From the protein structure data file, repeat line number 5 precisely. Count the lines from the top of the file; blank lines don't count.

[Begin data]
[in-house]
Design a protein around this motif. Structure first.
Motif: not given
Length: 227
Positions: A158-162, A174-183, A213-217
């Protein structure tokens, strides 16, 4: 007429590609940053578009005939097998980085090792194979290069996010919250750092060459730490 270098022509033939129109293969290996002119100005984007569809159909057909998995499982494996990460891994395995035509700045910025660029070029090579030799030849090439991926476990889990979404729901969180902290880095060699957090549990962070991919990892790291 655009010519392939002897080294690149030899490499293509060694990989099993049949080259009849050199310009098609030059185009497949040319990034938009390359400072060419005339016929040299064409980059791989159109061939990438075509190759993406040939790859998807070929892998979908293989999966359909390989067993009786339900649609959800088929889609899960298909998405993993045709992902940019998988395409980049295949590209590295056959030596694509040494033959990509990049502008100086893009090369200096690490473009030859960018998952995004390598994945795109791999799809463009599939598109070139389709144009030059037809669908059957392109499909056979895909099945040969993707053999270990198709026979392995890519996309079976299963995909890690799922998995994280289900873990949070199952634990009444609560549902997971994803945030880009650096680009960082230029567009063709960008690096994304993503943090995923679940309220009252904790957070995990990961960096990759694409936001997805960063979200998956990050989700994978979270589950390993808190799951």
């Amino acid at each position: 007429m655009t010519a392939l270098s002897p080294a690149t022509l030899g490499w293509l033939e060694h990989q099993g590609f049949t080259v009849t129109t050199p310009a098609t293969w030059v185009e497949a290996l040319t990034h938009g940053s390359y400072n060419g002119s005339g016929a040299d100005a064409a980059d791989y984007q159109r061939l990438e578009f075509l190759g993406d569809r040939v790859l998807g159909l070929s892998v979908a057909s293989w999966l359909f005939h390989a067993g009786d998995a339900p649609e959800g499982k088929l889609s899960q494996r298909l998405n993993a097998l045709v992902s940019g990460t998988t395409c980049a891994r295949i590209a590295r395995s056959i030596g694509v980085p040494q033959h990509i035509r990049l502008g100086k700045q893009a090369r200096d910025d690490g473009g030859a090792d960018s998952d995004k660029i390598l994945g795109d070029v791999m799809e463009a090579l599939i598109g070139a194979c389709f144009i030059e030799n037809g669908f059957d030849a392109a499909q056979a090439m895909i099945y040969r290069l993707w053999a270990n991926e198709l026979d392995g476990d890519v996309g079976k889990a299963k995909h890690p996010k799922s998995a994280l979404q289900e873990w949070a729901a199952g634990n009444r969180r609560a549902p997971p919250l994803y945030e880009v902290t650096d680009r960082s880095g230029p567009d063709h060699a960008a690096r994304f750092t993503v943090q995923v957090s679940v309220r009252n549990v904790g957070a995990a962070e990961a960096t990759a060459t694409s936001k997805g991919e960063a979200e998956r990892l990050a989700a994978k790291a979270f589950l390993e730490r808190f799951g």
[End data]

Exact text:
Positions: A158-162, A174-183, A213-217